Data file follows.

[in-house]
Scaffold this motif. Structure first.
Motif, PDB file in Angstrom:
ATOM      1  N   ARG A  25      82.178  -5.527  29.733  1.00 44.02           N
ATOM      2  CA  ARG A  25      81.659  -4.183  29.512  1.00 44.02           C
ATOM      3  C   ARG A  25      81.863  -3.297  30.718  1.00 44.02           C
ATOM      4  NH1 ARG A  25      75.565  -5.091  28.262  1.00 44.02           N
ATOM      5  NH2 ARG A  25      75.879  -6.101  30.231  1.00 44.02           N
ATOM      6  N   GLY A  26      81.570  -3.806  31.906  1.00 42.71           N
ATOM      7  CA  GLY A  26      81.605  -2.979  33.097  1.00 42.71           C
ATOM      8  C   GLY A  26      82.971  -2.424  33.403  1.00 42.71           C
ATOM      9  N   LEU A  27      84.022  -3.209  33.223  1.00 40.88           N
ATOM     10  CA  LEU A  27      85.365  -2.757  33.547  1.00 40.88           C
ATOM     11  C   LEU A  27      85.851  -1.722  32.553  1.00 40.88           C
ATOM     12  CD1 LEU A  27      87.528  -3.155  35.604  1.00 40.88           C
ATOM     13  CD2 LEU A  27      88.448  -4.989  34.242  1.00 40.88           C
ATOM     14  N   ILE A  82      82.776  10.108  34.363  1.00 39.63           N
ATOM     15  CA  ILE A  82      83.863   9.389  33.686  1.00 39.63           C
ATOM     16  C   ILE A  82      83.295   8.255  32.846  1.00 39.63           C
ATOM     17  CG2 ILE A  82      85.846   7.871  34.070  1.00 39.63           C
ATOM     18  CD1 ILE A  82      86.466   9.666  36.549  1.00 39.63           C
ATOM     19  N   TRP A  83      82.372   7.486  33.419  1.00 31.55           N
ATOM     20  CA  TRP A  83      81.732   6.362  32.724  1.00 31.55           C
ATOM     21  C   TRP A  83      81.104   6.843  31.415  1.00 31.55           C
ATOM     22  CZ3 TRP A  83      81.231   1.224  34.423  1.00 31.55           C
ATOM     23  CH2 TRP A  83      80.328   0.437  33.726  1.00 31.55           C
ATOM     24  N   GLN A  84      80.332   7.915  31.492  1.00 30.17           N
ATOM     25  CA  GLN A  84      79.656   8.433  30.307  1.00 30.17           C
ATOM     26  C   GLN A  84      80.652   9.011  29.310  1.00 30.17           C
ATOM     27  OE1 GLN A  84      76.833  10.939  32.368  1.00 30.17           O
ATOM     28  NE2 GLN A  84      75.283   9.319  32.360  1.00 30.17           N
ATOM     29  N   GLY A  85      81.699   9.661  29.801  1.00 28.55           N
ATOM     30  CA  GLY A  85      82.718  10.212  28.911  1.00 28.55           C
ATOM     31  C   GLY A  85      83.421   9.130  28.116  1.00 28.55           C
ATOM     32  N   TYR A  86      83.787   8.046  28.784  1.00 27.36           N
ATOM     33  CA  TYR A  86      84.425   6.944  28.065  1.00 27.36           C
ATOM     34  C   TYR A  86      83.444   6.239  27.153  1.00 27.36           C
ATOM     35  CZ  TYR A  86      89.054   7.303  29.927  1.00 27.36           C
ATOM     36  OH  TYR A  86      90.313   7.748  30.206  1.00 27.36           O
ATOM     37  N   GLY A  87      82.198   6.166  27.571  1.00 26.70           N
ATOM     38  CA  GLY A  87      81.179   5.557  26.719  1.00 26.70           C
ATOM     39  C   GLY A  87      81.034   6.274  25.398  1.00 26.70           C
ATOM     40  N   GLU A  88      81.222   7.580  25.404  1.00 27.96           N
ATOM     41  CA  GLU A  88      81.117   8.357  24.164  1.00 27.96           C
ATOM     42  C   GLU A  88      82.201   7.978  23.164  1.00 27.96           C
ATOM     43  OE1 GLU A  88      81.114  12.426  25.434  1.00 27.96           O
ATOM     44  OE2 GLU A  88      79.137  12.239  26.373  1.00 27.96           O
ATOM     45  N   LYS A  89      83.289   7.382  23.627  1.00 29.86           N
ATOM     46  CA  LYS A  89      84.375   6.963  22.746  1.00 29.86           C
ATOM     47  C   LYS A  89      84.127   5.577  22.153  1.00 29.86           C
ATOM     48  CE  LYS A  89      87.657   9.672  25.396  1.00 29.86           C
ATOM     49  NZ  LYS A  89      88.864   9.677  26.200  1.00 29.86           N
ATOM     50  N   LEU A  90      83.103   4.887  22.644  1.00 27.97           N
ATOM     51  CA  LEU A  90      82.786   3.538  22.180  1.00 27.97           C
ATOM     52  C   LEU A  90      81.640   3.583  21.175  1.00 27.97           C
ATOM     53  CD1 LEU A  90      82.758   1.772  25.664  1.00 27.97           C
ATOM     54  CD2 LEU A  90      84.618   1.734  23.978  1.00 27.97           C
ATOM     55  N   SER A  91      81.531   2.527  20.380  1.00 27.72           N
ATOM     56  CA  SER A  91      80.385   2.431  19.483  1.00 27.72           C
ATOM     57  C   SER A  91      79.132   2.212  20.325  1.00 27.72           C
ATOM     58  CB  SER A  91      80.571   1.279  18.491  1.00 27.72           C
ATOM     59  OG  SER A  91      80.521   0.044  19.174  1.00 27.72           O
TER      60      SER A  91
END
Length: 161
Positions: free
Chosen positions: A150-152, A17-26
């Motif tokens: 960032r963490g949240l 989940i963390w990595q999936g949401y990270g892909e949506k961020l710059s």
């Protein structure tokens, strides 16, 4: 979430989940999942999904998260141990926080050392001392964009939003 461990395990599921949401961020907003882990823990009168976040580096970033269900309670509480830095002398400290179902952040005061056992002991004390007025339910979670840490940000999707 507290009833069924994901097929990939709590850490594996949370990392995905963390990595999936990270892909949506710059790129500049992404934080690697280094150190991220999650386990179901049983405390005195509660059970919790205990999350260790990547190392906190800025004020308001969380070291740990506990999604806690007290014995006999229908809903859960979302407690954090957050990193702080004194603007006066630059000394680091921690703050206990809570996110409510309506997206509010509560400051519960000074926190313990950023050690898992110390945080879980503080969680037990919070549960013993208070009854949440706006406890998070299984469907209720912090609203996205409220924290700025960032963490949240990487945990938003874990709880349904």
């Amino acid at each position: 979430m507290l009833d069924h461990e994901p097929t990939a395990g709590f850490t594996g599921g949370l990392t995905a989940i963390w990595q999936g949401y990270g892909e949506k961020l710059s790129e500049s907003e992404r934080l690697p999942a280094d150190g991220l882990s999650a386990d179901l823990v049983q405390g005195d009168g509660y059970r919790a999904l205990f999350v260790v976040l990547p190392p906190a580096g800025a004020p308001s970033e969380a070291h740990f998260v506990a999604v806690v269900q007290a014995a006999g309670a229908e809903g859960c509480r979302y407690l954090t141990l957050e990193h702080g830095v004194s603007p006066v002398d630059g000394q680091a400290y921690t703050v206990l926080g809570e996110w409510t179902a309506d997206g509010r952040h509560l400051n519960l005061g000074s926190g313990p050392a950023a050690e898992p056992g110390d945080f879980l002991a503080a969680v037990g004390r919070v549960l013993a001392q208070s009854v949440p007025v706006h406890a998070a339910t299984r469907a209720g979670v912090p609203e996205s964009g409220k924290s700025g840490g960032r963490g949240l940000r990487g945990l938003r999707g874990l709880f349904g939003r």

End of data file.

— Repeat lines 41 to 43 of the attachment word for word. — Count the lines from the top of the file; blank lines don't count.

ATOM     38  CA  GLY A  87      81.179   5.557  26.719  1.00 26.70           C
ATOM     39  C   GLY A  87      81.034   6.274  25.398  1.00 26.70           C
ATOM     40  N   GLU A  88      81.222   7.580  25.404  1.00 27.96           N